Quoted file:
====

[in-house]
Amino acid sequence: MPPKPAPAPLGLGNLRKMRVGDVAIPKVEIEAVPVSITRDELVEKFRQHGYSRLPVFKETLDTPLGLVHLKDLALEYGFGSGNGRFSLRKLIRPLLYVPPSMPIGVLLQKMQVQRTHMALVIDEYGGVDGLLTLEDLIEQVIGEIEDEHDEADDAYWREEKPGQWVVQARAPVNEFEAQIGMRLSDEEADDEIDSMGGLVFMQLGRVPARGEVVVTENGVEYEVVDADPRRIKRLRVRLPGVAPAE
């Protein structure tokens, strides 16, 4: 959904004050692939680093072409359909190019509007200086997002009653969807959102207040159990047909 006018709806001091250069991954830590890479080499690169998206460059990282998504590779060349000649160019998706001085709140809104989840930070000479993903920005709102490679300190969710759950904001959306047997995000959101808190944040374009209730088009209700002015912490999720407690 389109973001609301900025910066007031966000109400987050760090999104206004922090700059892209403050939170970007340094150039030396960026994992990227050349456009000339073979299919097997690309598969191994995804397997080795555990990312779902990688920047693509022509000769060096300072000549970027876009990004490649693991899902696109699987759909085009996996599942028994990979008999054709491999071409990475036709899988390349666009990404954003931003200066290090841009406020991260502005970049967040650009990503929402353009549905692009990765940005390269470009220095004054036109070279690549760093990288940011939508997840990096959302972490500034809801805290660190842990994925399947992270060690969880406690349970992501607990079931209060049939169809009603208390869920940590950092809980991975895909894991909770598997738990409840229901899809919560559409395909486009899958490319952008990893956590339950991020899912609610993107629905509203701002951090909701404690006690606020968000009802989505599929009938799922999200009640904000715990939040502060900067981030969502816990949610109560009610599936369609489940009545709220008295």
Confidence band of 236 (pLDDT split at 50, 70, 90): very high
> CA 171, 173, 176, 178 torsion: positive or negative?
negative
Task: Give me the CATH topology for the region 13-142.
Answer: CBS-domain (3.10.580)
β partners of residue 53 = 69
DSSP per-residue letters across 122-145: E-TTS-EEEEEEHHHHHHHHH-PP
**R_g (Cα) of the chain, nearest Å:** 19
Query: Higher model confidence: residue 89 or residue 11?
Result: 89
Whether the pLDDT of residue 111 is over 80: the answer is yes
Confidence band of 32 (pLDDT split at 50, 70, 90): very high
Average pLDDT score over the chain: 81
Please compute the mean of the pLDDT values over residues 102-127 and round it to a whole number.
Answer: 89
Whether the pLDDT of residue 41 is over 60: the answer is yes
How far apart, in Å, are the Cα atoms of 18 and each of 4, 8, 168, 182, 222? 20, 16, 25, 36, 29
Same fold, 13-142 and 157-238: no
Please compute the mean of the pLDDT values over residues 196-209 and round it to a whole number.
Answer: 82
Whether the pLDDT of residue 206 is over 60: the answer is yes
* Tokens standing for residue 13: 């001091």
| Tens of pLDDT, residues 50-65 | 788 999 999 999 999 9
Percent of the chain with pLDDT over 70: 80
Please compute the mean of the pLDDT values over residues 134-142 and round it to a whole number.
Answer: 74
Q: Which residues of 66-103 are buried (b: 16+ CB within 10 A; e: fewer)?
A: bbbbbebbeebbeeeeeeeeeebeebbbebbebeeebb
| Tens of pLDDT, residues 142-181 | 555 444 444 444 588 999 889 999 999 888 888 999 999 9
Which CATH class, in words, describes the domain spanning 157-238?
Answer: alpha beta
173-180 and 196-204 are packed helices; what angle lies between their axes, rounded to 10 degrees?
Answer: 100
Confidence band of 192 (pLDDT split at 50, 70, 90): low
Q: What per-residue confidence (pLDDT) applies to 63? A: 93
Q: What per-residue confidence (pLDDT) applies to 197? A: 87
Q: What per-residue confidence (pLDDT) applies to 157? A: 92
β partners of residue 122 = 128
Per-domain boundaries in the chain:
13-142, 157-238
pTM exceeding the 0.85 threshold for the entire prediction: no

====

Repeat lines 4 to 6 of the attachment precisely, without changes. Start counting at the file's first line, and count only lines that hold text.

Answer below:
Confidence band of 236 (pLDDT split at 50, 70, 90): very high
> CA 171, 173, 176, 178 torsion: positive or negative?
negative